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McAuliffe calls debate haggling a staff matter

Terry McAuliffe (Chris Wattie/Reuters)

While Terry McAuliffe’s campaign haggles over gubernatorial debate rules, the candidate said Monday that he is not personally involved in the “silly” debate over debates.

“I’m not involved in any of the debate negotiations,” McAuliffe said during a campaign stop at New Richmond Ventures, a firm that mentors and invests in what it describes as “purpose-driven ventures.”

McAuliffe was asked at that event about his campaign’s objection to the Virginia Bar Association’s traditional debate format, which allows each candidate to directly ask questions of the other.

McAuliffe and his Republican rival, Attorney General Ken Cuccinelli II, have agreed to the Bar Association debate, which takes place July 20 at the Homestead resort in Hot Springs, Va. But McAuliffe’s campaign objects to the planned candidate-to-candidate questions. McAuliffe was asked if he opposed having Cuccinelli ask him a question and vice versa.

“We have huge issues facing Virginia — as I spoke about here with the cuts to defense, sequestration,” McAuliffe said, referring to across-the-board federal spending cuts. “That’s why I’m not spending any time on it and I’m letting my staff deal with it. ... I’ve got big things I’ve got to deal with. I’ve got to deal with a possible ’nother year of sequestration. I’ve got to figure out what to do on transportation. I’ve got to worry about a Medicaid expansion. I’ve got big issues that I focus on every single day. And to have a debate on debates when we are facing such huge challenges I find silly.”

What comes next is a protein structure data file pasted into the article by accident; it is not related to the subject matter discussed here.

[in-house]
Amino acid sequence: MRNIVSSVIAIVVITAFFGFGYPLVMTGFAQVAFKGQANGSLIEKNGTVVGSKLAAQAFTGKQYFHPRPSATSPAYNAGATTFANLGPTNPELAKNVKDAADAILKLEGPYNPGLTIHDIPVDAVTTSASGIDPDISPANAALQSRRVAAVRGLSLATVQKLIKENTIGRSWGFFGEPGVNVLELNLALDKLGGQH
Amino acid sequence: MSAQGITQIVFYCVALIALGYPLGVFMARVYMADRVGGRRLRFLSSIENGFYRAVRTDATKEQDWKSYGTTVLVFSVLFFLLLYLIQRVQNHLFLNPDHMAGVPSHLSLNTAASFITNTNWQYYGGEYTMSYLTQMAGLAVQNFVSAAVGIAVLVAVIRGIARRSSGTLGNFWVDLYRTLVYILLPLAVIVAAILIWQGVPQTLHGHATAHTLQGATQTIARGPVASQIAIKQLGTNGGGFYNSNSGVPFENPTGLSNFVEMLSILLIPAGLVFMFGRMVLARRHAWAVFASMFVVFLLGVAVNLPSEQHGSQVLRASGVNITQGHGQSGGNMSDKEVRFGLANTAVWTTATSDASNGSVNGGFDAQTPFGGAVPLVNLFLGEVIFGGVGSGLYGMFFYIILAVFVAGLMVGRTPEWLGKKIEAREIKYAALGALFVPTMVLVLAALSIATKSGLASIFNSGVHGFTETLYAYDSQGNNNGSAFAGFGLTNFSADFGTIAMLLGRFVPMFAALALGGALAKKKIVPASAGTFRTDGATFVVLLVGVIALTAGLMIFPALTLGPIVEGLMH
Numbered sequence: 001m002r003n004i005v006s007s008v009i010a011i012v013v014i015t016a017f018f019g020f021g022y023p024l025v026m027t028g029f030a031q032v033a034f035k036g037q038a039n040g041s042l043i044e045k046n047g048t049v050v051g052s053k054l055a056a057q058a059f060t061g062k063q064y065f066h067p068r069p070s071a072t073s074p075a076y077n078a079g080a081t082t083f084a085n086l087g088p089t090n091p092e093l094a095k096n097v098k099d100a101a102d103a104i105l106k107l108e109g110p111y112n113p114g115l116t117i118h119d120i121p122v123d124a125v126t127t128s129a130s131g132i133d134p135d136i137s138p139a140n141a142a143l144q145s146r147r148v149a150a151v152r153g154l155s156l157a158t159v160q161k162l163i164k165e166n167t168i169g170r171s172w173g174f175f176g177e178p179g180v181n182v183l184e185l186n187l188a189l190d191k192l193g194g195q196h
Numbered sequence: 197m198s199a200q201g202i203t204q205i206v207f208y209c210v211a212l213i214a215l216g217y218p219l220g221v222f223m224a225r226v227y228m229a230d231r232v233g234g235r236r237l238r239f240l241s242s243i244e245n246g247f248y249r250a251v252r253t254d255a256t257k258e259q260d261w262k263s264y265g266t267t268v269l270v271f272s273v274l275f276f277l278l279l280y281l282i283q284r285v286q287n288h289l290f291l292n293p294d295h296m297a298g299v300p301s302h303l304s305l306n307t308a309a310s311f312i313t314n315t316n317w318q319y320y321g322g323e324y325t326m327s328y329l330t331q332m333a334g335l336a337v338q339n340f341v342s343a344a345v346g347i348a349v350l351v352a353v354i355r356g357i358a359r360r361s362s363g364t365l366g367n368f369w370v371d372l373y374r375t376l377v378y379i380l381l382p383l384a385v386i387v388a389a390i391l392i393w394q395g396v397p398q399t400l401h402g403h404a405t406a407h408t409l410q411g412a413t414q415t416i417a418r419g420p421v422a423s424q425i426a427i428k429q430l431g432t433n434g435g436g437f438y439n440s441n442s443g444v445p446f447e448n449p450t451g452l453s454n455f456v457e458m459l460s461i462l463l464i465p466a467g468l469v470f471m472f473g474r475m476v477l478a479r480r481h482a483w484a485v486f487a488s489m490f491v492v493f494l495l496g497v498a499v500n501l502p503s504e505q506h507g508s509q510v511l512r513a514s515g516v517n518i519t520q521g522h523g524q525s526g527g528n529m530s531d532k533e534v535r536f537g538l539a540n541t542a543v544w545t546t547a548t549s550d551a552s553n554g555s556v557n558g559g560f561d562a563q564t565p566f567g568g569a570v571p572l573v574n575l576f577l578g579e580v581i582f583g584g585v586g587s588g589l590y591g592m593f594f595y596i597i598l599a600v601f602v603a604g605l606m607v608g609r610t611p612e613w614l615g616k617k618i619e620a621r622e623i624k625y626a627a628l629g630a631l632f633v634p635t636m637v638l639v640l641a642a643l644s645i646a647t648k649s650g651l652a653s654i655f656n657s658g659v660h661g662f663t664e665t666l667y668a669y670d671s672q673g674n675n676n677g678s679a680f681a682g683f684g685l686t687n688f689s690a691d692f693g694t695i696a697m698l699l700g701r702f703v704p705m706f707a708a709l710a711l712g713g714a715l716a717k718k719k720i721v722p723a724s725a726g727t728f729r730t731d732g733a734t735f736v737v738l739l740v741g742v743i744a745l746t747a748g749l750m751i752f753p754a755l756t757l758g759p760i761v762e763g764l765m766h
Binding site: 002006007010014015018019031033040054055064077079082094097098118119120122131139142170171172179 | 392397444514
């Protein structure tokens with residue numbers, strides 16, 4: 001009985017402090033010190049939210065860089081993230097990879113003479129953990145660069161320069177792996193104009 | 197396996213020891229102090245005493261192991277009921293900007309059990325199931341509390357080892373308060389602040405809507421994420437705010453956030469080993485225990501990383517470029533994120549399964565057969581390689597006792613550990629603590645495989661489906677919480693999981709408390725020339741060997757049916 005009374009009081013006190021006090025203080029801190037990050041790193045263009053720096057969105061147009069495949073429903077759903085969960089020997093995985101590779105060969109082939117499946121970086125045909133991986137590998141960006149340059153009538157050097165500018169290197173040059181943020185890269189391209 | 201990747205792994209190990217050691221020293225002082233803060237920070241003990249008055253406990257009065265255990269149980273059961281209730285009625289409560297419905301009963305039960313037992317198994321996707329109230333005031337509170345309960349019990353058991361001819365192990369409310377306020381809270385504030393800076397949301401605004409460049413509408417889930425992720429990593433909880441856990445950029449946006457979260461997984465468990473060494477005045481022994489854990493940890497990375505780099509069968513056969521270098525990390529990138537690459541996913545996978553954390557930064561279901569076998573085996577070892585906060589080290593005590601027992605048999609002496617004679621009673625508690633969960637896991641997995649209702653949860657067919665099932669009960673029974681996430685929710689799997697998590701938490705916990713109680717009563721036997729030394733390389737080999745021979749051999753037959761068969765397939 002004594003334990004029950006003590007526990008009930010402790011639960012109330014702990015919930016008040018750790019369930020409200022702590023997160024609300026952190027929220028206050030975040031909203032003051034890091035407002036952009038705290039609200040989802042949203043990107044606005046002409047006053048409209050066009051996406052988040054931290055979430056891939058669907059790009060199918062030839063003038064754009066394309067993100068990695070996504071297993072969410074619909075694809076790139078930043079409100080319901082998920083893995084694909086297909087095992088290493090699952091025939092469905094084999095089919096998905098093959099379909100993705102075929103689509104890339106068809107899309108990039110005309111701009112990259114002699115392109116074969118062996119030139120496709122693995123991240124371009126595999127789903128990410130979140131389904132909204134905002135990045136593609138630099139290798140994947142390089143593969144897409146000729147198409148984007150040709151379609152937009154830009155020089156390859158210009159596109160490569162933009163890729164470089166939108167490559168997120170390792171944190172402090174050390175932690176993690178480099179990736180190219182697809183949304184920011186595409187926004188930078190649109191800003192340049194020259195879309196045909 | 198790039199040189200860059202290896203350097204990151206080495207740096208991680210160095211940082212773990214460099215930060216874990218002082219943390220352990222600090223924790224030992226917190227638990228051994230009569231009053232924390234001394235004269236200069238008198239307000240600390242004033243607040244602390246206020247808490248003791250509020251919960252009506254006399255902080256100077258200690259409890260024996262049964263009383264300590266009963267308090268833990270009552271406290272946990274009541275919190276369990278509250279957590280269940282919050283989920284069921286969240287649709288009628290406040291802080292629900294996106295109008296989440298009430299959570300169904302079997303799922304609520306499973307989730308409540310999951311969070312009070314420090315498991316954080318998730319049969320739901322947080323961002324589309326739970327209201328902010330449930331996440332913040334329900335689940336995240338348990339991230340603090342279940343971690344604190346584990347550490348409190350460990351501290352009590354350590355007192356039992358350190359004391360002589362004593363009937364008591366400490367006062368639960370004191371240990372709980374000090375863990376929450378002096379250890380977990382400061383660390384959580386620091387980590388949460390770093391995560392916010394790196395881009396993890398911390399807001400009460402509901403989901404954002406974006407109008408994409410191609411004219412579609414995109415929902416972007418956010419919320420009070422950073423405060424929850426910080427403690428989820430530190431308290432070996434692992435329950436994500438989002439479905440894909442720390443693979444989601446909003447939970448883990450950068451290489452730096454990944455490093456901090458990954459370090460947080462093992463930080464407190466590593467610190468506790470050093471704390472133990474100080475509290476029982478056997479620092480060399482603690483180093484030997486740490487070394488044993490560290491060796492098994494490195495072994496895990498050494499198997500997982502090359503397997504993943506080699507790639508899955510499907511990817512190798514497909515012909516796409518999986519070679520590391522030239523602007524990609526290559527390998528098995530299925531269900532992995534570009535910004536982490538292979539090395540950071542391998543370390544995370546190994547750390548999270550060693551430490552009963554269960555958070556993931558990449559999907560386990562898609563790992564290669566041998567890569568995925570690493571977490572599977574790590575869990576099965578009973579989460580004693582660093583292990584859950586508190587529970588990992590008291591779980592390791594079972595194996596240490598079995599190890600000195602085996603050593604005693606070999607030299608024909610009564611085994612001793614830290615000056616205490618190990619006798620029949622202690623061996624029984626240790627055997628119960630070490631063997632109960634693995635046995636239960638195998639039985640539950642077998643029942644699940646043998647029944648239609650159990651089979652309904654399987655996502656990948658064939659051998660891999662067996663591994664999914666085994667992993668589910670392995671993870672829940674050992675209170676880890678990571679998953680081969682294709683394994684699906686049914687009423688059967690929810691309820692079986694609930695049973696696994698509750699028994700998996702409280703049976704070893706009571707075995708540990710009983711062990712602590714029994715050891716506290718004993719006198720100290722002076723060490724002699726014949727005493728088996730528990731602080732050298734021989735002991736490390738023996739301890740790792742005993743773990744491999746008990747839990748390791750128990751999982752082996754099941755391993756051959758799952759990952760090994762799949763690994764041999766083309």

McAuliffe has agreed to participate in five debates. Cuccinelli has challenged him to 15 across the state.

“Voters in Danville, Bristol and Hampton Roads are looking to see which candidate can lead Virginia for the next four years, and if Terry McAuliffe is incapable of coordinating with his staff on debates, how can he possibly serve as the Commonwealth’s next chief executive?” Cuccinelli spokeswoman Anna Nix said via e-mail.

Laura Vozzella covers Virginia politics for The Washington Post.

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